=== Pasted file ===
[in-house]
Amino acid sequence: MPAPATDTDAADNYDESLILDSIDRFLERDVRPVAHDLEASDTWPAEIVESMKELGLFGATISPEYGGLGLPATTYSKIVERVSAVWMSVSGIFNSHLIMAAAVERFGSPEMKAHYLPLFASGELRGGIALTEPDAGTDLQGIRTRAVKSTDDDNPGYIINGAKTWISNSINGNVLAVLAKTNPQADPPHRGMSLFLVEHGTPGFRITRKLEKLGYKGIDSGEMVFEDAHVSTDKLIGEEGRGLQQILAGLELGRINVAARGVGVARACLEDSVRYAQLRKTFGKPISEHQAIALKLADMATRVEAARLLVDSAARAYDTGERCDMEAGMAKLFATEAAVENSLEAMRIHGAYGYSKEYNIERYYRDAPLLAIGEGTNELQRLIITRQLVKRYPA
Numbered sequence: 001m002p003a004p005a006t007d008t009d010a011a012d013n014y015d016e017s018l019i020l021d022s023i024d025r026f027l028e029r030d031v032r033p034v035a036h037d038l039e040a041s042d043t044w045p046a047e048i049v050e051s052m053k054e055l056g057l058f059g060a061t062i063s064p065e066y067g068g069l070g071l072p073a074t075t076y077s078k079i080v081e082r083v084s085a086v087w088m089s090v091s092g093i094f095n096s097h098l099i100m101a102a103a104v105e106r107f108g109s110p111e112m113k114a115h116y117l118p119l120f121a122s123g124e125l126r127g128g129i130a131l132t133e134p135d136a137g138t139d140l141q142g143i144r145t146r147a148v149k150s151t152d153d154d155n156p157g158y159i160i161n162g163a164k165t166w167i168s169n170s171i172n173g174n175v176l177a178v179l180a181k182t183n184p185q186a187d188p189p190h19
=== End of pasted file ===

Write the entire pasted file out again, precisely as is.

[in-house]
Amino acid sequence: MPAPATDTDAADNYDESLILDSIDRFLERDVRPVAHDLEASDTWPAEIVESMKELGLFGATISPEYGGLGLPATTYSKIVERVSAVWMSVSGIFNSHLIMAAAVERFGSPEMKAHYLPLFASGELRGGIALTEPDAGTDLQGIRTRAVKSTDDDNPGYIINGAKTWISNSINGNVLAVLAKTNPQADPPHRGMSLFLVEHGTPGFRITRKLEKLGYKGIDSGEMVFEDAHVSTDKLIGEEGRGLQQILAGLELGRINVAARGVGVARACLEDSVRYAQLRKTFGKPISEHQAIALKLADMATRVEAARLLVDSAARAYDTGERCDMEAGMAKLFATEAAVENSLEAMRIHGAYGYSKEYNIERYYRDAPLLAIGEGTNELQRLIITRQLVKRYPA
Numbered sequence: 001m002p003a004p005a006t007d008t009d010a011a012d013n014y015d016e017s018l019i020l021d022s023i024d025r026f027l028e029r030d031v032r033p034v035a036h037d038l039e040a041s042d043t044w045p046a047e048i049v050e051s052m053k054e055l056g057l058f059g060a061t062i063s064p065e066y067g068g069l070g071l072p073a074t075t076y077s078k079i080v081e082r083v084s085a086v087w088m089s090v091s092g093i094f095n096s097h098l099i100m101a102a103a104v105e106r107f108g109s110p111e112m113k114a115h116y117l118p119l120f121a122s123g124e125l126r127g128g129i130a131l132t133e134p135d136a137g138t139d140l141q142g143i144r145t146r147a148v149k150s151t152d153d154d155n156p157g158y159i160i161n162g163a164k165t166w167i168s169n170s171i172n173g174n175v176l177a178v179l180a181k182t183n184p185q186a187d188p189p190h19